GUEST POST: Putting the Learning Scientists’ Work into Practice (Part 2)

GUEST POST: Putting the Learning Scientists’ Work into Practice (Part 2)

By Naomi Hennah

Naomi Hennah is a Teacher of Science/Chemistry at Northampton School for Boys. You can find her on Twitter @MrsHennah.

Last week, Naomi talked about how she implements spaced practice, interleaving, and retrieval practice in her science classroom. Here, she talks about the other three strategies – elaboration, concrete examples, and dual coding.

Elaboration (Specifically, elaborative interrogation)

Retrieval practice can be developed as you become more familiar with a topic and all of its subtopics. You can begin asking yourself deeper questions, such as those that start with “how?” and “why?”.

To start off, you can take two ideas from a topic, and explain how they are similar and how they are different. For example, take alkanes and alkenes, or fossil fuels and hydrogen fuel. It is very important that you construct your answer as fully as possible; try to speak out loud or write your answer so that you can check your notes and see what you missed. Initially, you may find it easier to work with someone else until you become proficient in both asking and answering your own how and why questions. Although you can use your notes to help answer the questions fully, eventually the goal is to think of questions and answer them independently. This independent questioning and answering is a combination of elaboration and retrieval practice.

Here’s a technique to help you vary the questions you ask: use a question cube. For each face of the cube, allocate a question such as; 1= Why? 2 = How? 3 = This links with? 4 = Similarities? 5 = Differences? 6= Can I explain this in my own words? I have included an example of a question cube template below.

Concrete Examples

Abstract ideas are hard to remember, in part because they are harder to visualize. You need to link your abstract concepts to examples that are memorable to you, so try and take ideas and apply them to something concrete that you can more easily visualize. For example, I visualize hydrogen bonds as Mr Strong as they are the strongest of the intermolecular forces. This acts as a memory hook for me, and helps me to recall when and how these forces arise as well as knowing they are strong.

Your concrete examples could be an example discussed in class, or given in a text book. Check through your notes for examples, or ask your teacher to be sure the example works and you are aware of its limitations. Intermolecular forces are not really Mr Men, but it helps me visualise and remember their properties.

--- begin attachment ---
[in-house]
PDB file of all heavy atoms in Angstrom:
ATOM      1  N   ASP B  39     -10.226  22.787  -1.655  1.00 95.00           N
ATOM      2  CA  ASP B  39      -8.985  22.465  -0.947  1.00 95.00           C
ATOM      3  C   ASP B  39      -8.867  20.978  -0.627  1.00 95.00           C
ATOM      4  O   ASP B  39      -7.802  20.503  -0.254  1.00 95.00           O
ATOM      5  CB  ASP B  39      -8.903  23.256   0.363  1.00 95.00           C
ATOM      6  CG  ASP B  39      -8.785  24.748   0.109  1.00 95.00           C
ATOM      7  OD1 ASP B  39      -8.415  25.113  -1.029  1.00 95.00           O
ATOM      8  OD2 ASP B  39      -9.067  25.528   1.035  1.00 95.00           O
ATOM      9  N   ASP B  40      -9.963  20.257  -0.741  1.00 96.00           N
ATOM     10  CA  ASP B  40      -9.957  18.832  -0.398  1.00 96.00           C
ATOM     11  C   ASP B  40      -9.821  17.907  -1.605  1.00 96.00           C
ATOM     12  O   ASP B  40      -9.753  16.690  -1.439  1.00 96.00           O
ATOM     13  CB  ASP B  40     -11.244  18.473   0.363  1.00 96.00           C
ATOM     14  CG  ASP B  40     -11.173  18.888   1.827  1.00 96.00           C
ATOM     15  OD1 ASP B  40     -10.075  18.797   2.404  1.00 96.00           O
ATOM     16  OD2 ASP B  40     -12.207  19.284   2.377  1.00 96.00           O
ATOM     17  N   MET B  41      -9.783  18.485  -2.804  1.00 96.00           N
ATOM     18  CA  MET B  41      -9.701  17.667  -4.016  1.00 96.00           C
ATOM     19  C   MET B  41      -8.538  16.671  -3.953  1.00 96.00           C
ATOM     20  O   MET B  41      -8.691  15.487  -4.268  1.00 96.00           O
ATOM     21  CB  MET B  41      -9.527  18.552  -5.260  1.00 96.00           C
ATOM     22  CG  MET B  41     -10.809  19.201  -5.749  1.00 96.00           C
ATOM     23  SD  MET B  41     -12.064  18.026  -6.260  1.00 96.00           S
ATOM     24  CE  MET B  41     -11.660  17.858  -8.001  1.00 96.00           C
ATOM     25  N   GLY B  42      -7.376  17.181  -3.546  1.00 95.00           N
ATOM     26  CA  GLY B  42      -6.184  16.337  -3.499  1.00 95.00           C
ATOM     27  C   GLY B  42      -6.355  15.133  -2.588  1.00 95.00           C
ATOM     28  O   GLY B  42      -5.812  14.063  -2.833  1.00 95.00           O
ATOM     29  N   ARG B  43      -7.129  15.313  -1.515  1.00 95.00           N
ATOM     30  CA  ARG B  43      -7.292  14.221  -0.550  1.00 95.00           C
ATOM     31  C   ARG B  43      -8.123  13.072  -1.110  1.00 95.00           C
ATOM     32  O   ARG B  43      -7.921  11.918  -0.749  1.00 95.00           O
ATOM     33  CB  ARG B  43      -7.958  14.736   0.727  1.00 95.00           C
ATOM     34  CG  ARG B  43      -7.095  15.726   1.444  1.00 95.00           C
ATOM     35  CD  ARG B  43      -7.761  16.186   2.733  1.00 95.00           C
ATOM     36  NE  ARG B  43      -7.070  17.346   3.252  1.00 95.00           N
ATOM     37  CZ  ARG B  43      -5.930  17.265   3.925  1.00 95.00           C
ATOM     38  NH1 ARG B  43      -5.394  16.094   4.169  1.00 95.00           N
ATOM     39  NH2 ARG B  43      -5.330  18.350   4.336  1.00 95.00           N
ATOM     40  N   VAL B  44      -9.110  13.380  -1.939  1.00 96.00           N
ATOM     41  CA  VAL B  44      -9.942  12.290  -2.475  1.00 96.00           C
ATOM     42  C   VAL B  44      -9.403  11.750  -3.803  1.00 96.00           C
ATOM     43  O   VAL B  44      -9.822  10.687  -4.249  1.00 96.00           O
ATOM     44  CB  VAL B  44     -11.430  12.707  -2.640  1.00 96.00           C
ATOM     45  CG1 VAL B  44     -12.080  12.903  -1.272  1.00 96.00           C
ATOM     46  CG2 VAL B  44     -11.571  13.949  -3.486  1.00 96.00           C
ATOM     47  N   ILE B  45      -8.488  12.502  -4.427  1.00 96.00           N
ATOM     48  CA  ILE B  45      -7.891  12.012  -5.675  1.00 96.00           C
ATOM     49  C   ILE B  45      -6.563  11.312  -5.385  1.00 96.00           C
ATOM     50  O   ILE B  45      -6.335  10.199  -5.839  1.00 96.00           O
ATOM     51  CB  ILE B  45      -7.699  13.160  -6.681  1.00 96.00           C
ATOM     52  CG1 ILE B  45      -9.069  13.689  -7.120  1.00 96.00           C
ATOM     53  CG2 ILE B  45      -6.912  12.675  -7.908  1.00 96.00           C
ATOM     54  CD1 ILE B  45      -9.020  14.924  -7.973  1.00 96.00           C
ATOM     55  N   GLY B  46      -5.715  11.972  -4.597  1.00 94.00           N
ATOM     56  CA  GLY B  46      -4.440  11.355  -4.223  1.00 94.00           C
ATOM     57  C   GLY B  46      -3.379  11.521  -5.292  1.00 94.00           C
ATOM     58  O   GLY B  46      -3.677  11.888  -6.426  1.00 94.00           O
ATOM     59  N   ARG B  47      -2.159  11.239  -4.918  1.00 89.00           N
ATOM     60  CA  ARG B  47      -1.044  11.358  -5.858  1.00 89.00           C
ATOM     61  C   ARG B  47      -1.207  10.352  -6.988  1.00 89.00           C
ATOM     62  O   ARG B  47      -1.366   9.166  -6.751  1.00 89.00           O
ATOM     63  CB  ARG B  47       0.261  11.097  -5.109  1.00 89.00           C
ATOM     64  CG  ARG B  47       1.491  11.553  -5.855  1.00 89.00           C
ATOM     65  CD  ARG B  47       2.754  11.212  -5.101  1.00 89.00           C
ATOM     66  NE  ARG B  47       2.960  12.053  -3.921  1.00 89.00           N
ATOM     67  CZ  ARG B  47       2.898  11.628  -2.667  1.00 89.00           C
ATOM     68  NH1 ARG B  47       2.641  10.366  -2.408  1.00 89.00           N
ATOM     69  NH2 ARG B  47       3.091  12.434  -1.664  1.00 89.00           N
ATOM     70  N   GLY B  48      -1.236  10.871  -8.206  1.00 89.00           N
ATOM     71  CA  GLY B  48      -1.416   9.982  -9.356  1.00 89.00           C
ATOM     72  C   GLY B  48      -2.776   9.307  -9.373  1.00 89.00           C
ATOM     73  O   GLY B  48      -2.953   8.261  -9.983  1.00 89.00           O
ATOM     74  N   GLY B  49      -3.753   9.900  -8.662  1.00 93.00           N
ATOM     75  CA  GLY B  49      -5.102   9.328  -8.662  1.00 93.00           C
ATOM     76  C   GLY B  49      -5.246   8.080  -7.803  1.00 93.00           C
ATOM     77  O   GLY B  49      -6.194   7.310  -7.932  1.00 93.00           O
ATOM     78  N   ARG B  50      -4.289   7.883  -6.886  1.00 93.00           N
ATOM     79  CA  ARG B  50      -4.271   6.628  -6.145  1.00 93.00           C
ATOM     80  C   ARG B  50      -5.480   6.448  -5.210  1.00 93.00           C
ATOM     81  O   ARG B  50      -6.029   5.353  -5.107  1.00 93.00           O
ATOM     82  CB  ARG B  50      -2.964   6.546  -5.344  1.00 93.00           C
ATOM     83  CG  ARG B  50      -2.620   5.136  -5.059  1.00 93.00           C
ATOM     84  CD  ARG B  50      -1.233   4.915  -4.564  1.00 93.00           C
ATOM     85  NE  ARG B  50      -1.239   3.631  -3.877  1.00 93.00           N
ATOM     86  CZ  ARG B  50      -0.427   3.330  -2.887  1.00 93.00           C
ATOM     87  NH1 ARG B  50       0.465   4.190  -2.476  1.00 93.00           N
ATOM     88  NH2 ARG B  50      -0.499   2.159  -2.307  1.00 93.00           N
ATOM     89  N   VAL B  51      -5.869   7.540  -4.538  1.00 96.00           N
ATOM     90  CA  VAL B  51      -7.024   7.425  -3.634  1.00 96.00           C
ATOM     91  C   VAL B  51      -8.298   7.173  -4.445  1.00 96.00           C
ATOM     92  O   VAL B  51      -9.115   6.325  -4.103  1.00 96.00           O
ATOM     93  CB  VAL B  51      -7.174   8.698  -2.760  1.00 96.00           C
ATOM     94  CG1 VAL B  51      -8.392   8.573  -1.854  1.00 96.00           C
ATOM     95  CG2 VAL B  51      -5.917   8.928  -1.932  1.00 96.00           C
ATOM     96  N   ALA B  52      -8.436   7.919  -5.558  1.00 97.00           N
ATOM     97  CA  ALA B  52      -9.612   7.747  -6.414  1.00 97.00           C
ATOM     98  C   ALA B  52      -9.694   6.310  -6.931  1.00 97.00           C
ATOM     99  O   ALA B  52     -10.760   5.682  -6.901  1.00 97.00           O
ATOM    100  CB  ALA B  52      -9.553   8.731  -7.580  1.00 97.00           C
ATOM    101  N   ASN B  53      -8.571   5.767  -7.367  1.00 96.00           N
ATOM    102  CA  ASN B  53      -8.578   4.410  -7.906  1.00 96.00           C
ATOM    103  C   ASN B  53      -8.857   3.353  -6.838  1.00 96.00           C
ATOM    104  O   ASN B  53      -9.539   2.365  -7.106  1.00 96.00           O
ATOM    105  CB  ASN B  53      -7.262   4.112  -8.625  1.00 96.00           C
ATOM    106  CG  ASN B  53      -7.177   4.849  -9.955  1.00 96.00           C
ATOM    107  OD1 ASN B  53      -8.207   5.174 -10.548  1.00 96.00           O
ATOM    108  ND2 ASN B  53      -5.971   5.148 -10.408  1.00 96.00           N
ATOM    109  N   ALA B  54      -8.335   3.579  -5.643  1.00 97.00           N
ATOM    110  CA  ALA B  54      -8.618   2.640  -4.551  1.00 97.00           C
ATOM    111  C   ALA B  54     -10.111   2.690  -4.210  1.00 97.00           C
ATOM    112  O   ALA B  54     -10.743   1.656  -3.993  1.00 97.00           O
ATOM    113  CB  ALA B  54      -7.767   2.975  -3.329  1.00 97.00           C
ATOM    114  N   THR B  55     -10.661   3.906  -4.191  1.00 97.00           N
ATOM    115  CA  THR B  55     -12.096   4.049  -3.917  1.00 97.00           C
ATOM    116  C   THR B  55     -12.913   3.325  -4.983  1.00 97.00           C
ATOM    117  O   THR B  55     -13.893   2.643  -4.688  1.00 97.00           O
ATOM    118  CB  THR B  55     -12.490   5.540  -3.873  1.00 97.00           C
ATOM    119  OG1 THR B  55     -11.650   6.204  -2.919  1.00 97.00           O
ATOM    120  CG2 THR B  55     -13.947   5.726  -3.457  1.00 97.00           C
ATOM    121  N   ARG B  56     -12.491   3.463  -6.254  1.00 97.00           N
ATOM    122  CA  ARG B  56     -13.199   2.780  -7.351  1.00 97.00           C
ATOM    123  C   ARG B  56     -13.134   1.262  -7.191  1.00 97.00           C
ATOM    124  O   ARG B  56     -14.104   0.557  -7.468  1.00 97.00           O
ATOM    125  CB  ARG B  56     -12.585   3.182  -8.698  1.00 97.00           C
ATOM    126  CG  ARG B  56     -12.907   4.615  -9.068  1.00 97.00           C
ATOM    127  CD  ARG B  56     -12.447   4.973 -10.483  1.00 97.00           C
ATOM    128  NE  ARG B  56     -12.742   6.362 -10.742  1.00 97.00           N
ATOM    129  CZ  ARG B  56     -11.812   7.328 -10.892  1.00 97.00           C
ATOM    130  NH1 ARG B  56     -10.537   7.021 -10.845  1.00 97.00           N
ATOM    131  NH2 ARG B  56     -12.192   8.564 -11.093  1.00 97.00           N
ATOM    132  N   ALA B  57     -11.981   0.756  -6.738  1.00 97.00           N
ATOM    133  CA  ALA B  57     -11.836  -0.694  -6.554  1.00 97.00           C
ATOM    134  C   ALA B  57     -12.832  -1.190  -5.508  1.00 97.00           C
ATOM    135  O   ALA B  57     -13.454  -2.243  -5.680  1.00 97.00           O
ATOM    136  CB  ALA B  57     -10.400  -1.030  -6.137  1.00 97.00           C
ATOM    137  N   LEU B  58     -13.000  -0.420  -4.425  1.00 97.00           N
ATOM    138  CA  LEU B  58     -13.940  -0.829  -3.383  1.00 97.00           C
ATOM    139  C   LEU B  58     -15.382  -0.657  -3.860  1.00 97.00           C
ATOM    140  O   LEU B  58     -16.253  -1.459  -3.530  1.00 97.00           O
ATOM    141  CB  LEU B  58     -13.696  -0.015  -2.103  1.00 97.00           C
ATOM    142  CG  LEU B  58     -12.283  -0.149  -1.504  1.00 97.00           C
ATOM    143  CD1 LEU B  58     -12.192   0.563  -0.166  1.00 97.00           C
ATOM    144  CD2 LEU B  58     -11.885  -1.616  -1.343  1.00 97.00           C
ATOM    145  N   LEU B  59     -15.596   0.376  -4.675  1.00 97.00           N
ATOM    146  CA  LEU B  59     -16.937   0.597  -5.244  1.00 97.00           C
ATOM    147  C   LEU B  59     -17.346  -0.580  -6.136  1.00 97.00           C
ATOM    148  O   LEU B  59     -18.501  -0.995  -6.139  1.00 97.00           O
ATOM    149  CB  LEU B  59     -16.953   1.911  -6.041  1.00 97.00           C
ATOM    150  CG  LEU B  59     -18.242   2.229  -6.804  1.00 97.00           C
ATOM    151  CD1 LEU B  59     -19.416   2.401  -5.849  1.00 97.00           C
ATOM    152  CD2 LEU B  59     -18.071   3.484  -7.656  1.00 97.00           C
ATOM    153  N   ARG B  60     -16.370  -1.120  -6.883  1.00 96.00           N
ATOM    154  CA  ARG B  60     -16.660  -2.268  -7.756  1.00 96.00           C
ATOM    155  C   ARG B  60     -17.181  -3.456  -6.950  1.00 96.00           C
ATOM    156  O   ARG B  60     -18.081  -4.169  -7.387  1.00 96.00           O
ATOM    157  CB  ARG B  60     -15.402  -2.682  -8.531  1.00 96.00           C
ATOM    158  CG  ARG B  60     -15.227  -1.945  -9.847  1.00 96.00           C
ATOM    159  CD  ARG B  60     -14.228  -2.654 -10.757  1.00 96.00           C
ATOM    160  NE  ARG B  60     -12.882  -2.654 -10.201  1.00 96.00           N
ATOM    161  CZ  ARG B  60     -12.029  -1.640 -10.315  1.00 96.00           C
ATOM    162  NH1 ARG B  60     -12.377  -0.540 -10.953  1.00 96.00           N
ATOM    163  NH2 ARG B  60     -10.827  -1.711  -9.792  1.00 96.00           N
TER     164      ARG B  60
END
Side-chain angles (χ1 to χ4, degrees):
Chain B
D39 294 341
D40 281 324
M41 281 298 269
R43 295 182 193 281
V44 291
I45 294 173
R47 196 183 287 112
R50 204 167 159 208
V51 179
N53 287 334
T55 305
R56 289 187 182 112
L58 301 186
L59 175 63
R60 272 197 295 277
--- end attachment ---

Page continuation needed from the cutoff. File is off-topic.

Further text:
Let’s look at an abstract concept from A-level Chemistry: “instantaneous dipole – induced dipole”.

 Here is the abstract explanation as given in the textbook:

An instantaneous dipole comes from the chance event where electrons occupy a particular region of an atom or molecule at one moment and so leave another region electron deficient. This has the knock on effect of disrupting the electron cloud of a nearby atom or molecule and so induces a dipole in it.”

And here is an analogy that uses a more concrete example: “yawning is a spontaneous event, but if I yawn, a person nearby will be induced to yawn too”. So one spontaneous event has induced someone near me to yawn too – a Mexican wave of yawns.

Dual Coding

When I read a book, I focus on the words and largely ignore the pictures. But to make my learning more effective, I should really use both.

What information is clear from the pictures but not the text? Conversely, what is in the text but not apparent from the image? Indeed, it is highly likely that additional information is present in one but absent in the other. By ignoring the image, you are missing important information.

A general approach to dual coding requires looking at the pictures and trying to explain them in your own words – you generate the text. Then, read a passage in the book and try to draw a picture or diagram to explain it. Cartoons can help by creating a dialogue for the information.

Finally, try to both write and draw from memory the information you’ve been studying during your spaced practice so you combine dual coding and retrieval practice.

For example, look at the atomic models taken from GCSE Chemistry. Try looking at the picture; what does it tell you?

Image from wikispaces

Image from wikispaces

What does the following text tell you in addition to the picture?

Bohr’s atomic model
Bohr’s model idea of atomic structure: the nucleus lies in the centre of the model and is made up of a certain number of protons and neutrons.
Each of the outer layers is made up of a certain number of electrons; the first shell holds a maximum of 2 electrons, the second shell holds up to 8 electrons etc. This model helps not only with the theoretical appearance of an atom, but also how different elements combine.

Now, read the table where I have compared the image and the text. Did you draw the same conclusions?

 Can you produce a memorable image the captures the ideas from both the text and image?

The final point is that as with anything, the more you practice these strategies, the more they will benefit you. The key to success is practicing little and often over a long period of time. Plan your time so you use it efficiently rather than having to give up activities you enjoy. If you haven’t started to study for your exams - start now.

I would like to hear how other teachers have applied the Learning Scientists strategies to their teaching or adapted them to meet the needs of their learners!

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